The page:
US8200295 *Nov 28, 2011Jun 12, 2012Research In Motion LimitedCommunications system providing automatic text-to-speech conversion features and related methods
US8217757 *Dec 20, 2007Jul 10, 2012Symbol Technologies, Inc.Voice over RFID
US8219146Nov 1, 2010Jul 10, 2012Sony CorporationAudio-only user interface mobile phone pairing
US8233930Jan 16, 2007Jul 31, 2012Sprint Spectrum L.P.Dual-channel conferencing with connection-based floor control
US8321228Aug 26, 2009Nov 27, 2012Nokia CorporationAudio interface unit for supporting network services
US8391445 *Nov 10, 2008Mar 5, 2013International Business Machines CorporationCaller identification using voice recognition
US8457577Mar 19, 2007Jun 4, 2013Marvell International, Ltd.Cellular phone with integrated FM radio and remote low noise amplifier
US8478288Dec 21, 2007Jul 2, 2013Qualcomm IncorporatedSystems and methods for automatically searching a database to tune a frequency modulator in a mobile device
US8538386Mar 1, 2004Sep 17, 2013Blackberry LimitedCommunications system providing text-to-speech message conversion features using audio filter parameters and related methods
US8554254Jun 11, 2012Oct 8, 2013Blackberry LimitedCommunications system providing automatic text-to-speech conversion features and related methods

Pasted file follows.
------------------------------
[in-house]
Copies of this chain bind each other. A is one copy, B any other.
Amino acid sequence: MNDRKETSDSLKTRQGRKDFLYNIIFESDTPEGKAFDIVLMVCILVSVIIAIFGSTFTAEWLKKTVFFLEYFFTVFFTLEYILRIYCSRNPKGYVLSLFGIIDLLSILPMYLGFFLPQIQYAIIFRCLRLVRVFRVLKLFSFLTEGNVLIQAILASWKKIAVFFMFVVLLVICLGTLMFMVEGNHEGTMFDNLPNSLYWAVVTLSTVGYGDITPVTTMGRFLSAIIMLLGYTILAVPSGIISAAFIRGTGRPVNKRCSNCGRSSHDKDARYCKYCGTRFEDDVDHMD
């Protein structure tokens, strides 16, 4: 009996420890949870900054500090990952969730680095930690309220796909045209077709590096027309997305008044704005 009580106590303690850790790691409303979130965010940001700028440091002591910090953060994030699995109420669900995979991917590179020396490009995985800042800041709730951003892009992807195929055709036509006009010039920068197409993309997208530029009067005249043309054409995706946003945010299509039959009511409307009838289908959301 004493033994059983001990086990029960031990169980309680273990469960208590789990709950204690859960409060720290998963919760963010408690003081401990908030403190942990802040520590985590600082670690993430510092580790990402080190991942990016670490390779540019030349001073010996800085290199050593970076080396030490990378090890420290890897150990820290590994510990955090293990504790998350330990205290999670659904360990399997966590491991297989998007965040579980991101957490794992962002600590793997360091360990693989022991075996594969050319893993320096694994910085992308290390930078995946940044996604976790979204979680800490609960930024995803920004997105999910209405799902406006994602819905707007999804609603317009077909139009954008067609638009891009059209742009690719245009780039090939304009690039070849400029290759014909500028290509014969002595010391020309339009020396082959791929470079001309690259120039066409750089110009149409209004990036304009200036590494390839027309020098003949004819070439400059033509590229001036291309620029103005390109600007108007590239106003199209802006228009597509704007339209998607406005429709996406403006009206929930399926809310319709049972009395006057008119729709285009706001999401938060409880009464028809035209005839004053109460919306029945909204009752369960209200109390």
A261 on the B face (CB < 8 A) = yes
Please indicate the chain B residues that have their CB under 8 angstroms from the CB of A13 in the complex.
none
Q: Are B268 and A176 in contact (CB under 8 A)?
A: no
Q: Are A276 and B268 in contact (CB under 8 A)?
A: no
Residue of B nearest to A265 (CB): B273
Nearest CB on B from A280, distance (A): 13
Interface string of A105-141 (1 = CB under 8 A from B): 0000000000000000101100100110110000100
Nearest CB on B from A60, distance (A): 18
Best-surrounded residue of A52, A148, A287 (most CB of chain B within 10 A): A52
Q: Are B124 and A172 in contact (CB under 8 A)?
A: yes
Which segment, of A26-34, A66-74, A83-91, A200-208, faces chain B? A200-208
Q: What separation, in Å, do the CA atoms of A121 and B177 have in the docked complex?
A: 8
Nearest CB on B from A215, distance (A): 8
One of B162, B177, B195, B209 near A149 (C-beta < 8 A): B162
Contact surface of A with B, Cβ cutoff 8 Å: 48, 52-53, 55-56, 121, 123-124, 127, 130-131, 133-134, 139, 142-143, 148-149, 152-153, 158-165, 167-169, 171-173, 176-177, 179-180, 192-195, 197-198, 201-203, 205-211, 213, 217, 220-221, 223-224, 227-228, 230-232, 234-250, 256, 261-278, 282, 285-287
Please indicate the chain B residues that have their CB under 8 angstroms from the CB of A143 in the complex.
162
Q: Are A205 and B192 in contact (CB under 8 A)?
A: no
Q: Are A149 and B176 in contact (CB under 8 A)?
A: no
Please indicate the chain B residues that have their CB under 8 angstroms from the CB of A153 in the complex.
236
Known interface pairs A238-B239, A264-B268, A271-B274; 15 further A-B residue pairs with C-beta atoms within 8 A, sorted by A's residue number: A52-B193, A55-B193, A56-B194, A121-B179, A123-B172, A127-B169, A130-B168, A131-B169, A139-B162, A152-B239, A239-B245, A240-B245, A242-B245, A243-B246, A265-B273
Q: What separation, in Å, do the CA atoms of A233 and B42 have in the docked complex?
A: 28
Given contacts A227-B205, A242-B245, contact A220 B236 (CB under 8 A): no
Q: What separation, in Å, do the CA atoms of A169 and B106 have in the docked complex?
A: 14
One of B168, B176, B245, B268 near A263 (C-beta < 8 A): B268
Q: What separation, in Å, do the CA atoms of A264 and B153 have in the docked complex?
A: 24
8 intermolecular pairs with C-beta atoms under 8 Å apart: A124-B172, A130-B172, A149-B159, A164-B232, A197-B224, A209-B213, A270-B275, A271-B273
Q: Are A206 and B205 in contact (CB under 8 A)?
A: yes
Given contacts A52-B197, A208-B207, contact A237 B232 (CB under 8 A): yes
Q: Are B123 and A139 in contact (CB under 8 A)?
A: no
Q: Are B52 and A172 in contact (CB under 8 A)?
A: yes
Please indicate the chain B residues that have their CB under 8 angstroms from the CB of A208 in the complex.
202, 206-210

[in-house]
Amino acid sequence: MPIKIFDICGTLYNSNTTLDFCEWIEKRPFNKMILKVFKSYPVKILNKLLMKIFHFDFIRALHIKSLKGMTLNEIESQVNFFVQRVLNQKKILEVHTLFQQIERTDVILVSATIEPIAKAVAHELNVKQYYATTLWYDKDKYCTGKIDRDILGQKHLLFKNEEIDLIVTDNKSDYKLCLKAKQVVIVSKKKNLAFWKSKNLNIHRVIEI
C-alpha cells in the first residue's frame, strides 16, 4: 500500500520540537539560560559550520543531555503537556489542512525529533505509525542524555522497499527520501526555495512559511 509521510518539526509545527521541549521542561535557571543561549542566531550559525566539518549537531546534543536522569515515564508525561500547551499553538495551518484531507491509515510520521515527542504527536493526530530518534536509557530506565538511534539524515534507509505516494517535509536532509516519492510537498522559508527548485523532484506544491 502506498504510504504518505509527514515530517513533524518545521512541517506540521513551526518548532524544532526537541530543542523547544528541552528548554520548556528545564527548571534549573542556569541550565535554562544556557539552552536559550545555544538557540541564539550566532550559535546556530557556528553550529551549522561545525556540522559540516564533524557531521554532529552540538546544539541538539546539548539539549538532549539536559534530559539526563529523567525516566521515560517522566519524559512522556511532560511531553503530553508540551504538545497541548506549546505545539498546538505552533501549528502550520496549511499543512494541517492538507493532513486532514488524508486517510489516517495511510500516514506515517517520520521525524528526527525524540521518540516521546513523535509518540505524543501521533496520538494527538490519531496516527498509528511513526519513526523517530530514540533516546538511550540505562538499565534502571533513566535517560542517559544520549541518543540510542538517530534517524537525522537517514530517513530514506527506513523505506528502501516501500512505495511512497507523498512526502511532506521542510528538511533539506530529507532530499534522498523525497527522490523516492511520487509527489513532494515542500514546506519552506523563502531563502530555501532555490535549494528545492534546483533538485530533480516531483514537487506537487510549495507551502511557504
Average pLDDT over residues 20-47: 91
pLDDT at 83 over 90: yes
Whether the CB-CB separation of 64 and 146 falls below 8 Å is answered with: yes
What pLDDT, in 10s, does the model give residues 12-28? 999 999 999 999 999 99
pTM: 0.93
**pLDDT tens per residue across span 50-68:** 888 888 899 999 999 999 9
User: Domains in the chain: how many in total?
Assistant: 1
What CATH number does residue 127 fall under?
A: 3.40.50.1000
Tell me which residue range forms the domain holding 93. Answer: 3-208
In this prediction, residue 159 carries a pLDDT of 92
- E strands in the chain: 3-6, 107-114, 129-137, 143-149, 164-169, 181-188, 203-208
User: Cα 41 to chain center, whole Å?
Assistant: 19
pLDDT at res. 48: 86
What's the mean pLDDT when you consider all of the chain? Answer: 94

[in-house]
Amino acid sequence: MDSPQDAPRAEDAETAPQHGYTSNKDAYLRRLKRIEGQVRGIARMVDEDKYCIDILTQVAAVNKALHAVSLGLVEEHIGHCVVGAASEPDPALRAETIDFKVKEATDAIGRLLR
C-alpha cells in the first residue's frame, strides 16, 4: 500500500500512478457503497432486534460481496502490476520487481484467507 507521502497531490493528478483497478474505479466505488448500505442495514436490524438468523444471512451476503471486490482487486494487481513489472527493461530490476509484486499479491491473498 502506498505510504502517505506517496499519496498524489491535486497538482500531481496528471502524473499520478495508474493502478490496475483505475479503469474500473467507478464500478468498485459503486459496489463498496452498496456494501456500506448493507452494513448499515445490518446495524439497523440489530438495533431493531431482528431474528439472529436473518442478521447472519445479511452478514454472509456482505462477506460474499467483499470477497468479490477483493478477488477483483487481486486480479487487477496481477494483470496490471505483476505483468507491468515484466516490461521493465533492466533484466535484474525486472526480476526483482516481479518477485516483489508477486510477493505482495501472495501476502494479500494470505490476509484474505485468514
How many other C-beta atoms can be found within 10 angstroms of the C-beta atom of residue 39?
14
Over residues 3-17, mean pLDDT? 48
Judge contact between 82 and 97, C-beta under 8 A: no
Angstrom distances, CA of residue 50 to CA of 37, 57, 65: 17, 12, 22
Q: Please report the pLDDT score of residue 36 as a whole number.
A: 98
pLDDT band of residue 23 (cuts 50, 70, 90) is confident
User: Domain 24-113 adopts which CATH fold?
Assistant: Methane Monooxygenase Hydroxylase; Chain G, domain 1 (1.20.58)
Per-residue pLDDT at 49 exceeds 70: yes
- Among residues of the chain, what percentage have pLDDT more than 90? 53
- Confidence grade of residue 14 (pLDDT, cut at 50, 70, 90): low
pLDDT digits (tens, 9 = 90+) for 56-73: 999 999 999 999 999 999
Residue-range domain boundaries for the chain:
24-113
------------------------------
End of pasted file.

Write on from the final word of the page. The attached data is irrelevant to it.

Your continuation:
US8731531Oct 7, 2013May 20, 2014Blackberry LimitedCommunications system providing automatic text-to-speech conversion features and related methods
US8768274Mar 19, 2007Jul 1, 2014Marvell World Trade Ltd.Cellular phone with integrated FM radio and remote low noise amplifier
US8798311 *Jan 23, 2009Aug 5, 2014Eldon Technology LimitedScrolling display of electronic program guide utilizing images of user lip movements
US20080260169 *May 12, 2008Oct 23, 2008Plantronics, Inc.Headset Derived Real Time Presence And Communication Systems And Methods
US20090125813 *Nov 7, 2008May 14, 2009Zhongnan ShenMethod and system for processing multiple dialog sessions in parallel
US20100119046 *Nov 10, 2008May 13, 2010International Business Machines, Inc.Caller identification using voice recognition
US20100189305 *Jan 23, 2009Jul 29, 2010Eldon Technology LimitedSystems and methods for lip reading control of a media device
US20120071213 *Nov 28, 2011Mar 22, 2012Research In Motion LimitedCommunications system providing automatic text-to-speech conversion features and related methods
US20130157575 *Dec 19, 2011Jun 20, 2013Reagan Inventions, LlcSystems and methods for reducing electromagnetic radiation emitted from a wireless headset
WO2008106252A1 *Jan 21, 2008Sep 4, 2008Motorola IncDevices and methods for facilitating hands-free mode with fm transmitter
WO2009086160A2 *Dec 19, 2008Jul 9, 2009Qualcomm IncSystems and methods for automatically searching a database to tune a frequency modulator in a mobile device
Classifications
U.S. Classification455/556.1, 379/88.01, 455/563
International ClassificationH04M1/00
Cooperative ClassificationH04M1/271, H04M1/6066, H04M2250/10, H04M1/72519
European ClassificationH04M1/725F, H04M1/60T2B2
Legal Events
DateCodeEventDescription
Jan 6, 2014FPAYFee payment
Year of fee payment: 8
Dec 30, 2009FPAYFee payment
Year of fee payment: 4
Aug 9, 2002ASAssignment
Owner name: AVON ASSOCIATES, INC., FLORIDA
Free format text: ASSIGNMENT OF ASSIGNORS INTEREST;ASSIGNOR:SCHRAGER, MARTIN;REEL/FRAME:013188/0172
Effective date: 20020808